Although the overall gender breakdown in the Irving research cohort was 80% male: 20% female, the percentage of men in these areas averaged 90–97% which greatly exceeded this already disparate gender ratio.  It is possible that masculinised selection criteria for specialist and promotional policing roles may be discouraging for some women and may in fact directly or indirectly discriminate against women.  For example, selection processes that emphasise physical strength and agility may block women from entry into policing even though some of the physical tests applied to the selection of new recruits are not reflective of the ability needed to do the job (Lonsway et al, 2002). The Fitzgerald Inquiry in Queensland in the 1990s found that while the service was attracting 25% of applicants that were women, only 5–12% of these applicants were getting through the selection process (Wimshurst, 1995).

The Inquiry found that “informal” processes had operated to thwart these women from entering the service.  Discriminatory selection processes that target men and exclude women, have been identified as hindering women’s entry into policing for a number of years (Scarborough & Collins, 2002).

It is also possible that systemic processes (such as recruitment requirements) and informal processes (such as the role of informal networks) are also working to hold women back from entering specialist and promotional roles once in the police force (Rabe-Hemp, 2007). This contention is supported by a United Kingdom study which found that only 26% of police women had been promoted to ranks above constable after 10 years of service whereas 50% of police men had achieved this (Dick & Metcalfe, 2007).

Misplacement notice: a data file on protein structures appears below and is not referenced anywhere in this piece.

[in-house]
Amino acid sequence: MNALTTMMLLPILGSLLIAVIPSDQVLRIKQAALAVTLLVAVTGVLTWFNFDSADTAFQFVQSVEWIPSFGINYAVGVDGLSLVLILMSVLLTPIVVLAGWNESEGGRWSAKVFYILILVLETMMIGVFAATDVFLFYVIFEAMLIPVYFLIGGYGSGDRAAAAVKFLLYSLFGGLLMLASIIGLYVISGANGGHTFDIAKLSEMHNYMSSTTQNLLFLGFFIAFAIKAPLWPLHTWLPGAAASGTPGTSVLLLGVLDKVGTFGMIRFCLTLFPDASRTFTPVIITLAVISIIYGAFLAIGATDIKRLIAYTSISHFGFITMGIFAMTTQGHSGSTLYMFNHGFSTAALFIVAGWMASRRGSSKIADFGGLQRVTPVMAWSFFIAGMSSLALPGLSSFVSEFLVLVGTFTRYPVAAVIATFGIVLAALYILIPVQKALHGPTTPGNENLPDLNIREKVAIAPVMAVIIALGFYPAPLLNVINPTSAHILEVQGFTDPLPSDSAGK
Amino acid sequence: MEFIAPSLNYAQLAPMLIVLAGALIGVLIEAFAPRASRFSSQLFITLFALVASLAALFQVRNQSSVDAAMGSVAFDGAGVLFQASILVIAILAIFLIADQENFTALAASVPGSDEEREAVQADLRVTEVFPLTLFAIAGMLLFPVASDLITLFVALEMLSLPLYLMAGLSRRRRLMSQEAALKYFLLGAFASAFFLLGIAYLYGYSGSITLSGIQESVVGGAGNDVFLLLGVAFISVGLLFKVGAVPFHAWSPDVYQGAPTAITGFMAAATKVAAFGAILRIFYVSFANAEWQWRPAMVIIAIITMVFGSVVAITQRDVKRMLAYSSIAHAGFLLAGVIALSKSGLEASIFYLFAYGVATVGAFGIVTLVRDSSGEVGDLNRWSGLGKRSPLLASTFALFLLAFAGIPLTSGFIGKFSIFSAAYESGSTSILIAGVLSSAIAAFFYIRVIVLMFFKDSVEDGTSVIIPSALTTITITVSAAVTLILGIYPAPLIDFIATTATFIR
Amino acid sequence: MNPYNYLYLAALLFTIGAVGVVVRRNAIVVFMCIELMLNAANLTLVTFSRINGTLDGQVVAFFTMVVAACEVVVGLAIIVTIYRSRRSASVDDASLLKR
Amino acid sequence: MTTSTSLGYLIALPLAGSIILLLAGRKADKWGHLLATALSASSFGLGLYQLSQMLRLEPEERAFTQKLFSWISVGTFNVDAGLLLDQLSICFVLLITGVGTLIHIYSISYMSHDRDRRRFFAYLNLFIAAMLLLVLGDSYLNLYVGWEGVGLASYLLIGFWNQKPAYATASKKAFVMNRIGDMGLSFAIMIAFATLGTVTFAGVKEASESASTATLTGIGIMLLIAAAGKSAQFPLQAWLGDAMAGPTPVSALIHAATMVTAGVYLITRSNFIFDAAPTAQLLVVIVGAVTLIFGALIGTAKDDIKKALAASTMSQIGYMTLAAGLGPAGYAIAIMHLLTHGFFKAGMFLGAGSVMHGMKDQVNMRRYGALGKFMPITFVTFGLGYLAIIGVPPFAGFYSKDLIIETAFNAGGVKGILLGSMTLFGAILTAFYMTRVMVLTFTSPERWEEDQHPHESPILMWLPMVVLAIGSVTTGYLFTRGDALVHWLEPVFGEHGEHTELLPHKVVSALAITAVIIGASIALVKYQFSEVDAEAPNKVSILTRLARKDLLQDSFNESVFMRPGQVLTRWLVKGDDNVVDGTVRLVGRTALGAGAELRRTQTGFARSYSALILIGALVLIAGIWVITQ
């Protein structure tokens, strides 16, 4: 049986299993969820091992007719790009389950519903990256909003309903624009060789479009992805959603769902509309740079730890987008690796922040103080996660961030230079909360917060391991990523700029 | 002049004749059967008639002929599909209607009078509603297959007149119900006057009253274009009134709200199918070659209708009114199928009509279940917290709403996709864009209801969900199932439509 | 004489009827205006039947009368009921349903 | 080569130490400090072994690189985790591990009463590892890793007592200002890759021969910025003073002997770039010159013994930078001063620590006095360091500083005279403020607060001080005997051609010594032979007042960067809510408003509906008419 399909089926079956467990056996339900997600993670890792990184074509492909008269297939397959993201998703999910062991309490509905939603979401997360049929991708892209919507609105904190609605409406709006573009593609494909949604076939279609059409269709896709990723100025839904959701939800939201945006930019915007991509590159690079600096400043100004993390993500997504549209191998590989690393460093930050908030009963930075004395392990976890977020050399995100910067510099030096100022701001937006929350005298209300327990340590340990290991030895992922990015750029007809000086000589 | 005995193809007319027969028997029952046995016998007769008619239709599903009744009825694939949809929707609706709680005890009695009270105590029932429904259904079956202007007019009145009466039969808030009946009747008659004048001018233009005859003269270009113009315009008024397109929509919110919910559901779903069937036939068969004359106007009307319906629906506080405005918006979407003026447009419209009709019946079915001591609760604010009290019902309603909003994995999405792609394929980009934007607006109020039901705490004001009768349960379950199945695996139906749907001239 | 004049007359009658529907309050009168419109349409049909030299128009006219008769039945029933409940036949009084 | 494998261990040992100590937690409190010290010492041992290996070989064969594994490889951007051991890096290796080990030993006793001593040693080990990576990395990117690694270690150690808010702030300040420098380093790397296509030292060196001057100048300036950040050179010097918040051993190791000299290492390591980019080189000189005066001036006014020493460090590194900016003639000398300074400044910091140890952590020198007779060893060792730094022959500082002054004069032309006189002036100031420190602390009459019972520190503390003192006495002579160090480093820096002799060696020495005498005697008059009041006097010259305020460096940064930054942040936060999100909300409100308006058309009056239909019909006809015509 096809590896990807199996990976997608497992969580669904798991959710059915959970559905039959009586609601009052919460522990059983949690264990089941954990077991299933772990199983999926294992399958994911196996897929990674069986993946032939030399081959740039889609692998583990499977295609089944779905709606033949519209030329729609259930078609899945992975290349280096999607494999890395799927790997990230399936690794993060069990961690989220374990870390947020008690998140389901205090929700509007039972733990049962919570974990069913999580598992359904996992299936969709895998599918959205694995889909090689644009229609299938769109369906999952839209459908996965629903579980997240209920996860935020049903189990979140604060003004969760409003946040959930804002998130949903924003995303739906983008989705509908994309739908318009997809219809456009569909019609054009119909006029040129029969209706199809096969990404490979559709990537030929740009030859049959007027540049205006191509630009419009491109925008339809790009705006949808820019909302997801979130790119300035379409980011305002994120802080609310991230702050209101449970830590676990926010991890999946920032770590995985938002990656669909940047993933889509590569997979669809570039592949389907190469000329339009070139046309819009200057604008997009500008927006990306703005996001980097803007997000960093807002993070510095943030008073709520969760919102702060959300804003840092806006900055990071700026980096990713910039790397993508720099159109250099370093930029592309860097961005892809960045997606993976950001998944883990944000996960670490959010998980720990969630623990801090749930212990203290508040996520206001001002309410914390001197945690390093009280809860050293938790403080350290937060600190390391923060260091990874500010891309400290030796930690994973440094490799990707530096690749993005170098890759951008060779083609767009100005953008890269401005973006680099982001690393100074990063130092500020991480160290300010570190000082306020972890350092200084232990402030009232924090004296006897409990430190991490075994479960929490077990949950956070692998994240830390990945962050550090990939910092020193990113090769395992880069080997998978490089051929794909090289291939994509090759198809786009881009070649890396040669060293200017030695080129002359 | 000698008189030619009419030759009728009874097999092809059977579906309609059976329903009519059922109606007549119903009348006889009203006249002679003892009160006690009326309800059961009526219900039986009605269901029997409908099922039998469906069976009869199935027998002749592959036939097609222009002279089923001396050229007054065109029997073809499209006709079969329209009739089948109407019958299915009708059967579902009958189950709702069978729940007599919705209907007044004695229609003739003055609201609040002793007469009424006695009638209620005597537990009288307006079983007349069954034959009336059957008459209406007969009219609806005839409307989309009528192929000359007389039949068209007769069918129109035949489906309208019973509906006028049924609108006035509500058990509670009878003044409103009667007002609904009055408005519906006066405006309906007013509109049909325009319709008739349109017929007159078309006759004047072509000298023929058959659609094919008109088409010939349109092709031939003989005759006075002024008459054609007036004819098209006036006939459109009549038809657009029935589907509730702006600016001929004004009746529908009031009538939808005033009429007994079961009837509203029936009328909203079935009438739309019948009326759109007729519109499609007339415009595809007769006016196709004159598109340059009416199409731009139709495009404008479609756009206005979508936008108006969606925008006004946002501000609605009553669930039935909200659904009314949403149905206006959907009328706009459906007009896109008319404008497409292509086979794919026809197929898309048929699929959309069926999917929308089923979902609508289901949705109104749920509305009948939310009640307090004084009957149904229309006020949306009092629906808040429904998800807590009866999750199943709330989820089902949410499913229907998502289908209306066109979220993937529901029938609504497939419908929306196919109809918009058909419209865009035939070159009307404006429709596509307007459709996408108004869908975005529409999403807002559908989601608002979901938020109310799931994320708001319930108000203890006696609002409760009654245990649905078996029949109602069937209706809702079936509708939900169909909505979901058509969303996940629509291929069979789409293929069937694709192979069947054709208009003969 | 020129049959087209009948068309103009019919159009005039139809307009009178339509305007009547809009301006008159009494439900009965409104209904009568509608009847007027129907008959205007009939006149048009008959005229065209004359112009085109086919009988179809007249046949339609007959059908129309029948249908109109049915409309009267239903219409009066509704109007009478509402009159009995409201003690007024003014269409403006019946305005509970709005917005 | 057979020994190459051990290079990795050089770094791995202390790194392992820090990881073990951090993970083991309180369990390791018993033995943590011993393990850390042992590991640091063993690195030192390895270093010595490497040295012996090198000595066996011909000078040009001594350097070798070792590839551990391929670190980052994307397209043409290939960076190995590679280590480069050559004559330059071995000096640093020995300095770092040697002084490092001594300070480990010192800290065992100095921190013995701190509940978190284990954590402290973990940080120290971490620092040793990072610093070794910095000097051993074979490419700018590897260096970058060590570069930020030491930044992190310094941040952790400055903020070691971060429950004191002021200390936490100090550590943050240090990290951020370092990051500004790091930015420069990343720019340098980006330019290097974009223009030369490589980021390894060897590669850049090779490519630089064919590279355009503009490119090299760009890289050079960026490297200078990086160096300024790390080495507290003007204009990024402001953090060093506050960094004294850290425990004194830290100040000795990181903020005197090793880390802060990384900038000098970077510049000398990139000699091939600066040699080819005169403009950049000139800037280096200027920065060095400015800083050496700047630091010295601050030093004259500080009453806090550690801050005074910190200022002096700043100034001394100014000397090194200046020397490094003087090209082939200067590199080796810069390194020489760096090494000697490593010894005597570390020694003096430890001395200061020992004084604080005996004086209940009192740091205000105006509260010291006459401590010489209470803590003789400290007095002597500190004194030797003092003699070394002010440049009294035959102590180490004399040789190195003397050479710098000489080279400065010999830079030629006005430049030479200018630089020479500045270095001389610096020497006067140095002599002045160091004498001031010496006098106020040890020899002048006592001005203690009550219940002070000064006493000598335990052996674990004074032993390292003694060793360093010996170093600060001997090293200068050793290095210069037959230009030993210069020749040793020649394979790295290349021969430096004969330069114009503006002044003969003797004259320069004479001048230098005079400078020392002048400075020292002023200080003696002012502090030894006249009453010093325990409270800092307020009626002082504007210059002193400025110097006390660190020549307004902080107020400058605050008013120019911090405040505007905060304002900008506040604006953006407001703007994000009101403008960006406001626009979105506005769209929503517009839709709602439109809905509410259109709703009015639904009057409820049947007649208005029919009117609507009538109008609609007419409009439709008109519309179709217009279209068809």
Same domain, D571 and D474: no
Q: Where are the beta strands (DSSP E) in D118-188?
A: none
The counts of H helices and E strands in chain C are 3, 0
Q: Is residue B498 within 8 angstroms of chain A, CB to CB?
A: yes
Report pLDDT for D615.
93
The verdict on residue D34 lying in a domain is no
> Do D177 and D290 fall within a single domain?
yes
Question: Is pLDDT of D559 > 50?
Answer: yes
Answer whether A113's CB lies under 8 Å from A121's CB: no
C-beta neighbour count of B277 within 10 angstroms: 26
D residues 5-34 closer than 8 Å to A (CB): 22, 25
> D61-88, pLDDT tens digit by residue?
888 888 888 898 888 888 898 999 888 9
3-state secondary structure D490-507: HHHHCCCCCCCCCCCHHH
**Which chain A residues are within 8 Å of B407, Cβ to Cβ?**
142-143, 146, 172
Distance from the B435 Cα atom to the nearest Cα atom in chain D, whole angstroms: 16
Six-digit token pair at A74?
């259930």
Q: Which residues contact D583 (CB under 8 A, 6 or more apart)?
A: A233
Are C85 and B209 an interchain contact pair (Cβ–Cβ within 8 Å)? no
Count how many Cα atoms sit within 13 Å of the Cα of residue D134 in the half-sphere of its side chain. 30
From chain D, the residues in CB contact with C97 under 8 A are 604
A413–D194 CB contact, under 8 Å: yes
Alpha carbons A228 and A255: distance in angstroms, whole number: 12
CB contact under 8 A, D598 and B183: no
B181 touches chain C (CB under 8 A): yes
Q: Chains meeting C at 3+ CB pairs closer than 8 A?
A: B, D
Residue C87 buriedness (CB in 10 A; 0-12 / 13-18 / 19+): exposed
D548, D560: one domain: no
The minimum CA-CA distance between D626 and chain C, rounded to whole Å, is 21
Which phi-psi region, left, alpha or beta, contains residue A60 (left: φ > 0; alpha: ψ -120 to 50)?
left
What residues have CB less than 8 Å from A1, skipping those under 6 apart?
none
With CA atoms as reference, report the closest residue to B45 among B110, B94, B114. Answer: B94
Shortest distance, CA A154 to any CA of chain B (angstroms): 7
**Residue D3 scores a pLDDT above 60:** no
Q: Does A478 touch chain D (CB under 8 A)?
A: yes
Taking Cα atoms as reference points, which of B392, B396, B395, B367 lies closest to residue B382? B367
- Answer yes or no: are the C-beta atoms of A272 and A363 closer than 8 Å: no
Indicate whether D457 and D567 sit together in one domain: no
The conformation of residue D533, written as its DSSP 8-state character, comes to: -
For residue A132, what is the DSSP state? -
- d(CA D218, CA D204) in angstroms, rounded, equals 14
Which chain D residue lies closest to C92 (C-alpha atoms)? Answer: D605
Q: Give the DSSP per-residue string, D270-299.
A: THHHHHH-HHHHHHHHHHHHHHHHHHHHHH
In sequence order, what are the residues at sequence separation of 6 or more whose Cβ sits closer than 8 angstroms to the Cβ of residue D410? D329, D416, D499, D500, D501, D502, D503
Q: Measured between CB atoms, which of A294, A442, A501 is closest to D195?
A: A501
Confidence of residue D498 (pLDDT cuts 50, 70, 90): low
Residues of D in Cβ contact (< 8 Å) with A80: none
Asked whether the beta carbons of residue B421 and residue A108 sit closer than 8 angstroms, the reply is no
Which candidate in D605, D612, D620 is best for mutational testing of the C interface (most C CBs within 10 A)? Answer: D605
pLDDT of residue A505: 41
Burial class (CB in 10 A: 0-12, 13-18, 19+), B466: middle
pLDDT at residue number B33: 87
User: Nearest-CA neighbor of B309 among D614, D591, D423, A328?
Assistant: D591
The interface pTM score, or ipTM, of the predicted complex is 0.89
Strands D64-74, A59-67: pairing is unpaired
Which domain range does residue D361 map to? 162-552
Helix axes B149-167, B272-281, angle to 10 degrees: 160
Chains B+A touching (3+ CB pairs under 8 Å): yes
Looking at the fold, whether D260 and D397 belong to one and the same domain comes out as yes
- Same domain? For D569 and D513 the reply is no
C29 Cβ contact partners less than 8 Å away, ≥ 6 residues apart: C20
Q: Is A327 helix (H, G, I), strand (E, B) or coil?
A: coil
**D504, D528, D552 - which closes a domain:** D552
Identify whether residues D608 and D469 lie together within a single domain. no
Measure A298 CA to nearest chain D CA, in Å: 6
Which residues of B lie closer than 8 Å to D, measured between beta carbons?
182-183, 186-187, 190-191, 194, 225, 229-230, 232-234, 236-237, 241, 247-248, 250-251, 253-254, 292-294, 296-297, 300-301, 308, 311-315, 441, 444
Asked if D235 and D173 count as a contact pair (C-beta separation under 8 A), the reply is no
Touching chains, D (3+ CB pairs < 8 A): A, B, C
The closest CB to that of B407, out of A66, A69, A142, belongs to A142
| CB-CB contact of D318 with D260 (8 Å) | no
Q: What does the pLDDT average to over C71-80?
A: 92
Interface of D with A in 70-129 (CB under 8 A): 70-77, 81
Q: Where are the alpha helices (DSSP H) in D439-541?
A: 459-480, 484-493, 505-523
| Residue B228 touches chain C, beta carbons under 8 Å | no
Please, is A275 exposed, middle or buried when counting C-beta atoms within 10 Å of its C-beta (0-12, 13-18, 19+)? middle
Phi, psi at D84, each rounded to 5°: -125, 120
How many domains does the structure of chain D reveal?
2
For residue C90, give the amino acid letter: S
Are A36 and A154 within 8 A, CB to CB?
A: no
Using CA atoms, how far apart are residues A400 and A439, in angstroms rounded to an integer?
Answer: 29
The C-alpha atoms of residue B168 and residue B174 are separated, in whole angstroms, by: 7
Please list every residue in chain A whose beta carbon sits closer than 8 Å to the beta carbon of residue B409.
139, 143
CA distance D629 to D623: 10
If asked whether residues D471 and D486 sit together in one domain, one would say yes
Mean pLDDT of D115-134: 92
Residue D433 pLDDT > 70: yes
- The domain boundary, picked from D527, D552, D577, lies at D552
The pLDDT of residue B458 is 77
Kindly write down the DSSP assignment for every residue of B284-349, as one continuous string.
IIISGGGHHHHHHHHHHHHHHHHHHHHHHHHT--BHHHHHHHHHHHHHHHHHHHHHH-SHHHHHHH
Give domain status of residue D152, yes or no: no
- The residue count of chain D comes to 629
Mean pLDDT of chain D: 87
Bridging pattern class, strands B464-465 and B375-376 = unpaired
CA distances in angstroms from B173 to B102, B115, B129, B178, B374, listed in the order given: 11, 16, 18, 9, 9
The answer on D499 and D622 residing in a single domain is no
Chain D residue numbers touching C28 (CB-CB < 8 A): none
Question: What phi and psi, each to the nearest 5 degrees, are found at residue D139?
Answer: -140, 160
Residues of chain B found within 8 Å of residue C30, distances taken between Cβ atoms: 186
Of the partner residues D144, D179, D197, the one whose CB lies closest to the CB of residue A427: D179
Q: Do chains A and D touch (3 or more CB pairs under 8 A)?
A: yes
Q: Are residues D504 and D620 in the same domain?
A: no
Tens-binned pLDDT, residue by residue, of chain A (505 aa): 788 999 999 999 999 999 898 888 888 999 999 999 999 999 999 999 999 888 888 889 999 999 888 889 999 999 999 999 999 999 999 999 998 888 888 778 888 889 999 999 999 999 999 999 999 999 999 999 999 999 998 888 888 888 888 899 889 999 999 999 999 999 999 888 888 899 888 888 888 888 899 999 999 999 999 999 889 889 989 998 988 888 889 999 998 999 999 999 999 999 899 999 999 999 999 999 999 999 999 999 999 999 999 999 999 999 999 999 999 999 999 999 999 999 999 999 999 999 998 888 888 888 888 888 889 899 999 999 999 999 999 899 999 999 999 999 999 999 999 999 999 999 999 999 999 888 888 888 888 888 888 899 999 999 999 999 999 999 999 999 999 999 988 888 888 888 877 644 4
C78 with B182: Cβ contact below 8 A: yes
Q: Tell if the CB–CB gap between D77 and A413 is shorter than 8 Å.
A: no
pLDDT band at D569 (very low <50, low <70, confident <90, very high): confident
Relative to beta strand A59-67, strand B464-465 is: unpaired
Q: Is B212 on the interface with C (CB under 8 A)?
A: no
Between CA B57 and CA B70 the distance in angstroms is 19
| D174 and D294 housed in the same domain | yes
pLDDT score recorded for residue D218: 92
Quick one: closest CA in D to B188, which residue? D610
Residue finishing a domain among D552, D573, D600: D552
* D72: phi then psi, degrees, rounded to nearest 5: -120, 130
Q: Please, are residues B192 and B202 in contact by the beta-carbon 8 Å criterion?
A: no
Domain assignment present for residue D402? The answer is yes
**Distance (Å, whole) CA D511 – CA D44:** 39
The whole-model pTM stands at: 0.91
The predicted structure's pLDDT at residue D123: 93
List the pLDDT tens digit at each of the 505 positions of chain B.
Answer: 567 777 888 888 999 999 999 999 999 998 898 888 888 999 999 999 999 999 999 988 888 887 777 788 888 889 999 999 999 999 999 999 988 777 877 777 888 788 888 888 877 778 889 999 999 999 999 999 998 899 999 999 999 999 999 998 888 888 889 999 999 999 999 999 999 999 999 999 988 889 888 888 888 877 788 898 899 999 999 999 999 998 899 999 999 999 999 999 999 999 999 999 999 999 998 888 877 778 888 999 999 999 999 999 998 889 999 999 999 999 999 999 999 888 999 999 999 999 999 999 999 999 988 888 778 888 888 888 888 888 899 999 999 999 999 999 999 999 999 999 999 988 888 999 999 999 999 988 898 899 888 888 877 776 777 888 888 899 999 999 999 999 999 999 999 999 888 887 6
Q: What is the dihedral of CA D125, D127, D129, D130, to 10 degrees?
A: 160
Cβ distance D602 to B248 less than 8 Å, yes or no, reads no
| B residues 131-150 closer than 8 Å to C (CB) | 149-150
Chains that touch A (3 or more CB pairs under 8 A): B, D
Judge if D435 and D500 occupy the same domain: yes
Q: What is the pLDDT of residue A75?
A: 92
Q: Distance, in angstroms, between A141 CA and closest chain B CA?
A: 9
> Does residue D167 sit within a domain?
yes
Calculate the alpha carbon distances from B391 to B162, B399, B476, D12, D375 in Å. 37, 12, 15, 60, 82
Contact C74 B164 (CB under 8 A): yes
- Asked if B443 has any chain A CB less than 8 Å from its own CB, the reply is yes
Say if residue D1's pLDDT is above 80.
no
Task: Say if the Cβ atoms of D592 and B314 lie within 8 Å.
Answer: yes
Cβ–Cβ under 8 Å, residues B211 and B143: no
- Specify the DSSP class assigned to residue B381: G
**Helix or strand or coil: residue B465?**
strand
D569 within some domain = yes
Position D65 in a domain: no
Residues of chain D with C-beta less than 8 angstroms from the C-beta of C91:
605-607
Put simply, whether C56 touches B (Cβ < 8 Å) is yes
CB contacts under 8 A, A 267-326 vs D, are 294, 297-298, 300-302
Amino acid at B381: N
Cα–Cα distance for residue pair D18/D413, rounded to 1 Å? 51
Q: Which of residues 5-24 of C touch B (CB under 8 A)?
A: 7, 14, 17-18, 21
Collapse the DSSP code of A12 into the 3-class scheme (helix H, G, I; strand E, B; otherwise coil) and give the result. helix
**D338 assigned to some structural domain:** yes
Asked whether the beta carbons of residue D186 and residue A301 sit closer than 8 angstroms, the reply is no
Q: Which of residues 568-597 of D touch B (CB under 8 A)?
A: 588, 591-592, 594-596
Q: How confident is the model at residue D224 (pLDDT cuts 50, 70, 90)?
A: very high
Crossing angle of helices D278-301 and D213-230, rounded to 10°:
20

In addition to the apparent difficulties involved when applying or specialist and promotional roles, police women also face greater challenges than men when appointed to these roles (Rabe-Hemp, 2007). In particular is he social isolation of being potentially the sole woman in a unit of men and the cultural isolation of being ostracised by peers. This marginalises women from the informal networks within policing that are essential to career advancement (Rabe-Hemp, 2007).

It is argued that women have long been prevented from getting the experience they need to successfully apply for promotion because they are inequitably deployed to working in stereotypical areas of policing such as victims, domestic disputes and juveniles (Silvestri, 2003; Gold, 1999; Holdaway & Parker, 1998). It is also possible that due to caring responsibilities that impinge at strategic points in their career, women are not taking advantage of training opportunities that are necessary to prepare them for promotion because such opportunities often involve spending time away from their family (Boni, Adams & Circelli, 2001).